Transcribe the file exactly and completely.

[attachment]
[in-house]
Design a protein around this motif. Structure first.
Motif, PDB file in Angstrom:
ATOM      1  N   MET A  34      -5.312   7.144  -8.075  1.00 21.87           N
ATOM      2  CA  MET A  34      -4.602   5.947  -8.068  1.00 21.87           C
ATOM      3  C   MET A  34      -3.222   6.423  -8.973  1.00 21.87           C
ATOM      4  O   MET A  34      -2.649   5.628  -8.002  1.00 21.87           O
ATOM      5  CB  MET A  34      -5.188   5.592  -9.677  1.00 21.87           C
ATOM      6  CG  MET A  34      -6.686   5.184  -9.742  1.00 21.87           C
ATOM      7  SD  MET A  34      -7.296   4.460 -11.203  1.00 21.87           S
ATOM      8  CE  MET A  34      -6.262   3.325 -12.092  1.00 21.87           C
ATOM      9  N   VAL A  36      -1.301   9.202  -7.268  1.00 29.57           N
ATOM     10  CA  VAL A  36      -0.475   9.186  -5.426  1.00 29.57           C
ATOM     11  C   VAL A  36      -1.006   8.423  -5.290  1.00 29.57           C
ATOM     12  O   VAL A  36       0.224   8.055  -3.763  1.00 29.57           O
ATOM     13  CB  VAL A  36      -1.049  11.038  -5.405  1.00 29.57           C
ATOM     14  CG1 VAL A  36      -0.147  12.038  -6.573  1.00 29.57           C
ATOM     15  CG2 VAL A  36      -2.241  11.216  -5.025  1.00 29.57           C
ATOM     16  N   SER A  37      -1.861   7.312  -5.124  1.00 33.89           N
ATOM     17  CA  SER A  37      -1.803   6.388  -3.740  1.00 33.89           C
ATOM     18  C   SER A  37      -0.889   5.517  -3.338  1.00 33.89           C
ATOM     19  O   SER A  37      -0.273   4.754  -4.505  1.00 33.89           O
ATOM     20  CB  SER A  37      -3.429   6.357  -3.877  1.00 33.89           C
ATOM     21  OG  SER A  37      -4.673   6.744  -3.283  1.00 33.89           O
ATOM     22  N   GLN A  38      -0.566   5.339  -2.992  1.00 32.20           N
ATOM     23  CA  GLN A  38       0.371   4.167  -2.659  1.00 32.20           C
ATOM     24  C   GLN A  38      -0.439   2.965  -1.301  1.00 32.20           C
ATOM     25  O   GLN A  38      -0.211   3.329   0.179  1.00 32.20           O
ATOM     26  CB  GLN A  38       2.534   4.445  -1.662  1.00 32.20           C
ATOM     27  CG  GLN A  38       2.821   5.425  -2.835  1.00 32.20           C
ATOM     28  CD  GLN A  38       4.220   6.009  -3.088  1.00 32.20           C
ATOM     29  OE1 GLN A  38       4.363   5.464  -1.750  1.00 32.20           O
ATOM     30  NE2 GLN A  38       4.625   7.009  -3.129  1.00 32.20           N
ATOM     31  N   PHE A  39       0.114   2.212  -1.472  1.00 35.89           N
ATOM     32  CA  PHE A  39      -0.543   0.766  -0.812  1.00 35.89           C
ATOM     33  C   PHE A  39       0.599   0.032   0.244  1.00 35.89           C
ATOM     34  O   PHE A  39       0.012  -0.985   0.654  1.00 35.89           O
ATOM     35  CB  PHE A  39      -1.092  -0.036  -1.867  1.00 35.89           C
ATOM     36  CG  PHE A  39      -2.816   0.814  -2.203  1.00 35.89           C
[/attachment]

[in-house]
Design a protein around this motif. Structure first.
Motif, PDB file in Angstrom:
ATOM      1  N   MET A  34      -5.312   7.144  -8.075  1.00 21.87           N
ATOM      2  CA  MET A  34      -4.602   5.947  -8.068  1.00 21.87           C
ATOM      3  C   MET A  34      -3.222   6.423  -8.973  1.00 21.87           C
ATOM      4  O   MET A  34      -2.649   5.628  -8.002  1.00 21.87           O
ATOM      5  CB  MET A  34      -5.188   5.592  -9.677  1.00 21.87           C
ATOM      6  CG  MET A  34      -6.686   5.184  -9.742  1.00 21.87           C
ATOM      7  SD  MET A  34      -7.296   4.460 -11.203  1.00 21.87           S
ATOM      8  CE  MET A  34      -6.262   3.325 -12.092  1.00 21.87           C
ATOM      9  N   VAL A  36      -1.301   9.202  -7.268  1.00 29.57           N
ATOM     10  CA  VAL A  36      -0.475   9.186  -5.426  1.00 29.57           C
ATOM     11  C   VAL A  36      -1.006   8.423  -5.290  1.00 29.57           C
ATOM     12  O   VAL A  36       0.224   8.055  -3.763  1.00 29.57           O
ATOM     13  CB  VAL A  36      -1.049  11.038  -5.405  1.00 29.57           C
ATOM     14  CG1 VAL A  36      -0.147  12.038  -6.573  1.00 29.57           C
ATOM     15  CG2 VAL A  36      -2.241  11.216  -5.025  1.00 29.57           C
ATOM     16  N   SER A  37      -1.861   7.312  -5.124  1.00 33.89           N
ATOM     17  CA  SER A  37      -1.803   6.388  -3.740  1.00 33.89           C
ATOM     18  C   SER A  37      -0.889   5.517  -3.338  1.00 33.89           C
ATOM     19  O   SER A  37      -0.273   4.754  -4.505  1.00 33.89           O
ATOM     20  CB  SER A  37      -3.429   6.357  -3.877  1.00 33.89           C
ATOM     21  OG  SER A  37      -4.673   6.744  -3.283  1.00 33.89           O
ATOM     22  N   GLN A  38      -0.566   5.339  -2.992  1.00 32.20           N
ATOM     23  CA  GLN A  38       0.371   4.167  -2.659  1.00 32.20           C
ATOM     24  C   GLN A  38      -0.439   2.965  -1.301  1.00 32.20           C
ATOM     25  O   GLN A  38      -0.211   3.329   0.179  1.00 32.20           O
ATOM     26  CB  GLN A  38       2.534   4.445  -1.662  1.00 32.20           C
ATOM     27  CG  GLN A  38       2.821   5.425  -2.835  1.00 32.20           C
ATOM     28  CD  GLN A  38       4.220   6.009  -3.088  1.00 32.20           C
ATOM     29  OE1 GLN A  38       4.363   5.464  -1.750  1.00 32.20           O
ATOM     30  NE2 GLN A  38       4.625   7.009  -3.129  1.00 32.20           N
ATOM     31  N   PHE A  39       0.114   2.212  -1.472  1.00 35.89           N
ATOM     32  CA  PHE A  39      -0.543   0.766  -0.812  1.00 35.89           C
ATOM     33  C   PHE A  39       0.599   0.032   0.244  1.00 35.89           C
ATOM     34  O   PHE A  39       0.012  -0.985   0.654  1.00 35.89           O
ATOM     35  CB  PHE A  39      -1.092  -0.036  -1.867  1.00 35.89           C
ATOM     36  CG  PHE A  39      -2.816   0.814  -2.203  1.00 35.89           C